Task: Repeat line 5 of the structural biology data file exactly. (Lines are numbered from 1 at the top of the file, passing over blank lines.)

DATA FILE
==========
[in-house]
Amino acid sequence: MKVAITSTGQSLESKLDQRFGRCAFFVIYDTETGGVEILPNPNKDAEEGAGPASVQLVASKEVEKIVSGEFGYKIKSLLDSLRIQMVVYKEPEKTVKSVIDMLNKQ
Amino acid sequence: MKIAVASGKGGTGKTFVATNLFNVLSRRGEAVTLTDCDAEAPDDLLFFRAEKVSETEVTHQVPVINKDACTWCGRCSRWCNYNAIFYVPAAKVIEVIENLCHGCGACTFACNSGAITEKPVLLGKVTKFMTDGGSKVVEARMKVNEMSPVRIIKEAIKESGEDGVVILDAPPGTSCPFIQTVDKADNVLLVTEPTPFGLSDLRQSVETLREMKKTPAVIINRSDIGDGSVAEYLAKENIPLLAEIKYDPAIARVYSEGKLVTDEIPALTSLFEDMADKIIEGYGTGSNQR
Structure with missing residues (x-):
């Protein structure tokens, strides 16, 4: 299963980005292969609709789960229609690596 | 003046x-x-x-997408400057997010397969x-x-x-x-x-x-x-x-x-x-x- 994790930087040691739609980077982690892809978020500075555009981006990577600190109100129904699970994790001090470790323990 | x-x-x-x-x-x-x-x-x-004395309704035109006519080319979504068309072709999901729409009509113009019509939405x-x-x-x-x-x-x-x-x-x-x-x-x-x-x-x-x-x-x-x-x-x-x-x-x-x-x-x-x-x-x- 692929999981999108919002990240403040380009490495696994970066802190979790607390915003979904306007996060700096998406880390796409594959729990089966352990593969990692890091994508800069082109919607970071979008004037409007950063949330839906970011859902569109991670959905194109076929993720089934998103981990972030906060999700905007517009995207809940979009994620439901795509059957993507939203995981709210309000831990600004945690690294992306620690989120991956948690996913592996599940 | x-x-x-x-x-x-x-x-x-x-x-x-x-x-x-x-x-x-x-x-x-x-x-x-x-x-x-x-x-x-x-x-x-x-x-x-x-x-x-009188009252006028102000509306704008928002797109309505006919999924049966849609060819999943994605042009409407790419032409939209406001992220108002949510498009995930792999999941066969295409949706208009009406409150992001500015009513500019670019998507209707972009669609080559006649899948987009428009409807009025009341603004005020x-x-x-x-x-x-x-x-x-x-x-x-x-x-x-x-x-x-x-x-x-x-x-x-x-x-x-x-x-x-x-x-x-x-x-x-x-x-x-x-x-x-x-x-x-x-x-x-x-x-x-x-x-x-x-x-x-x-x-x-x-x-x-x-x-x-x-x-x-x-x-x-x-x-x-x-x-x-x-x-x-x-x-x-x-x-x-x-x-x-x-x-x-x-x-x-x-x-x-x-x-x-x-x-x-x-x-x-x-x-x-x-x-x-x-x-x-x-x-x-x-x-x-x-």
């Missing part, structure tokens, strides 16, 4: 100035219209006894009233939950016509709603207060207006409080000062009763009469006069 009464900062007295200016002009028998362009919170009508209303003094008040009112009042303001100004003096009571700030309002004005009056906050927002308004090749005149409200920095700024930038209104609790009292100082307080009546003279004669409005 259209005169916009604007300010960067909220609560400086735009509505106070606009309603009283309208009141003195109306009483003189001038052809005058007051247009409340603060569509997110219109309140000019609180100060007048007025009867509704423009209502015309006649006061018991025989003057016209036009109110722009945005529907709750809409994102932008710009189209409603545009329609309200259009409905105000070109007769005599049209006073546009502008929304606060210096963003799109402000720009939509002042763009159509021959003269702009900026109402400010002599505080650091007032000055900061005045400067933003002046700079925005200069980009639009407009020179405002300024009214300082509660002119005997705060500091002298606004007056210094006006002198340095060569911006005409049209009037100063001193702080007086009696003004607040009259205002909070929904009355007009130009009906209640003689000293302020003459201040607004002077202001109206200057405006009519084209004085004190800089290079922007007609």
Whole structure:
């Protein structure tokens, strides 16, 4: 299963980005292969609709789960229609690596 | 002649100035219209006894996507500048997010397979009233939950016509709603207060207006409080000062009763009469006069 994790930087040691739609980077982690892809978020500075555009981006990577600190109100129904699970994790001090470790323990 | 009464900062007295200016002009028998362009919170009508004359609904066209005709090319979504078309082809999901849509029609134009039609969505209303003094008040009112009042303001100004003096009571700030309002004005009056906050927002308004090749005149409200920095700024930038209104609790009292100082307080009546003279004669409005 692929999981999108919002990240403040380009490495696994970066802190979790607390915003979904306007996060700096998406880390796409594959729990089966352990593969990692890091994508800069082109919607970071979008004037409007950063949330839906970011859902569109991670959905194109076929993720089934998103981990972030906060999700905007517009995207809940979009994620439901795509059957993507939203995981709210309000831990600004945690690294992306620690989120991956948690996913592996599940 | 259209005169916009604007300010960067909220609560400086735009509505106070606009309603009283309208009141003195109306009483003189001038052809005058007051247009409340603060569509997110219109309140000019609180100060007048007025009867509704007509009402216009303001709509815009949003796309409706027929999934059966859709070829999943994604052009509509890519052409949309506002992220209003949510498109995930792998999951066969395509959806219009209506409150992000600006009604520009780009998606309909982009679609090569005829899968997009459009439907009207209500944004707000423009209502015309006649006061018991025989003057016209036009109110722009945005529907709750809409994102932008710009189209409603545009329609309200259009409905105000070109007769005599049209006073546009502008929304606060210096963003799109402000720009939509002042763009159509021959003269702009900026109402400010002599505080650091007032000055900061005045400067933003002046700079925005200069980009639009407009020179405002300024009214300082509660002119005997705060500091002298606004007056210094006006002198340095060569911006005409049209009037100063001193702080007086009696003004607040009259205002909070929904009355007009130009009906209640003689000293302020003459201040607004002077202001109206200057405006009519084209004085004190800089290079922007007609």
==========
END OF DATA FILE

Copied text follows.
């Protein structure tokens, strides 16, 4: 299963980005292969609709789960229609690596 | 003046x-x-x-997408400057997010397969x-x-x-x-x-x-x-x-x-x-x- 994790930087040691739609980077982690892809978020500075555009981006990577600190109100129904699970994790001090470790323990 | x-x-x-x-x-x-x-x-x-004395309704035109006519080319979504068309072709999901729409009509113009019509939405x-x-x-x-x-x-x-x-x-x-x-x-x-x-x-x-x-x-x-x-x-x-x-x-x-x-x-x-x-x-x- 692929999981999108919002990240403040380009490495696994970066802190979790607390915003979904306007996060700096998406880390796409594959729990089966352990593969990692890091994508800069082109919607970071979008004037409007950063949330839906970011859902569109991670959905194109076929993720089934998103981990972030906060999700905007517009995207809940979009994620439901795509059957993507939203995981709210309000831990600004945690690294992306620690989120991956948690996913592996599940 | x-x-x-x-x-x-x-x-x-x-x-x-x-x-x-x-x-x-x-x-x-x-x-x-x-x-x-x-x-x-x-x-x-x-x-x-x-x-x-009188009252006028102000509306704008928002797109309505006919999924049966849609060819999943994605042009409407790419032409939209406001992220108002949510498009995930792999999941066969295409949706208009009406409150992001500015009513500019670019998507209707972009669609080559006649899948987009428009409807009025009341603004005020x-x-x-x-x-x-x-x-x-x-x-x-x-x-x-x-x-x-x-x-x-x-x-x-x-x-x-x-x-x-x-x-x-x-x-x-x-x-x-x-x-x-x-x-x-x-x-x-x-x-x-x-x-x-x-x-x-x-x-x-x-x-x-x-x-x-x-x-x-x-x-x-x-x-x-x-x-x-x-x-x-x-x-x-x-x-x-x-x-x-x-x-x-x-x-x-x-x-x-x-x-x-x-x-x-x-x-x-x-x-x-x-x-x-x-x-x-x-x-x-x-x-x-x-």